Mollusks in the Air by Julie Flattery

My dad and I are sitting at this bistro table in the sky having a great conversation—a really lovely time. I’m not eating or drinking anything, but he’s eating a bowl of steamed mussels that appears to be bottomless. He’s making no headway whatsoever.

Eating seems like the wrong word because he’s actually chowing down on them like there’s no tomorrow, which there isn’t, for him at least, because he’s dead. He’s been dead for years, but he showed up in my dream to say hi and eat these mussels. He’s talking with his mouth full, which is ironic to me because he was always very strict about table manners. I guess all decorum subsides in the afterlife since he really does seem more laidback.

There’s nothing around us at all. Just the bistro table, the bowl of mussels, and a pile—and I do mean pile—of mussel shells stacking up next to us. We always did love a good mollusk, my dad and I. The smell of the sea at low tide with a hint of wine was overwhelming in a good way. So much so that I didn’t need to eat any myself, although there were plenty. Instead, I just took in the odor, which my dad seemed oblivious to.

We’re chit-chatting back and forth in a lively and animated fashion. I’m talking really fast because I’m not sure how much time we have to visit. Everything seems big—my dad’s gestures and the way his voice sounds loud and enthusiast when I tell him about my life, responding with things like: Wow!  Or, I’m so proud of you! I’m really just hitting the high points because I figure he already knows everything although I admit, I’m not really sure how this whole afterlife thing works. Mostly, I just want to know about the dimes.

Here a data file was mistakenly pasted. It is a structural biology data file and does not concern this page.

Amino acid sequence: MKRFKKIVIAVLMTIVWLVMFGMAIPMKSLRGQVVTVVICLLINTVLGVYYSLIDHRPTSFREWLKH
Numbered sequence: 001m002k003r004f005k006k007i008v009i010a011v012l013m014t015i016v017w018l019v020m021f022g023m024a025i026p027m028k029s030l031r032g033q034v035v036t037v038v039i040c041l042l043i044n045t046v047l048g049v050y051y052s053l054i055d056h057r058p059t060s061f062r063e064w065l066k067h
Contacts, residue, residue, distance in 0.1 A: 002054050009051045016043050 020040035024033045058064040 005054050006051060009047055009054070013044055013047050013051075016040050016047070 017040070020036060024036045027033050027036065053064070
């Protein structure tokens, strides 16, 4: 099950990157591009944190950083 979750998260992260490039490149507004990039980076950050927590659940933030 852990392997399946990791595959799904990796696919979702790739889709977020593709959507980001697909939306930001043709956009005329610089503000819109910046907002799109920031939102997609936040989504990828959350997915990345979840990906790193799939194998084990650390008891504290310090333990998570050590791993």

For years I’ve been finding dimes in random places like on my car windshield, or under my yoga mat at the studio, or on my mantel in the living room. One day, after going through security at the airport, a dime rolled on its side from across the room and landed at my feet. There was only two other people in the vicinity at the time, and they assured me that it wasn’t their dime. So, I started saving them. Because of the oddity of the situation, I figured it meant something. I have a pickle jar full of dimes now. Then I read a book about the ways our people let us know they’re still around when they die and one of the ways was, you guessed it, leaving dimes. Mind blown!

Hey, dad. Have you been leaving dimes around for me?

He looks me right in the eye for a second with a sly little smile on his face, which seems to be fading, like someone over-photoshopped his cheeks. Then he apologizes. I’m sorry, sugar, I don’t mean to be rude, I know I’m really devouring these mussels, but they don’t have them where I live now and I really miss them.

Then he disappears without any pomp and circumstance and there’s nothing in front of me but an empty bowl.

Maybe I’ll dream up some clams for our next visit! In my dream I’m yelling this into the ether but in reality, I’m talking in my sleep, which wakes me up.

As I climb out of bed, I notice a dime on my nightstand and the sweet smell of steamed mussels permeating the house.

Julie Flattery loves dogs, yoga, hiking, and writing and also enjoys collecting dimes. Her work has been published or is forthcoming in Red Fez, Emerge Literary Journal, Brevity’s Nonfiction Blog, and Meat for Tea. Six of her plays have been performed at the iDiOM theater in Bellingham, WA. She writes professionally about architecture and building design.

Twitter: @Julzywrites

Instagram: julieflattery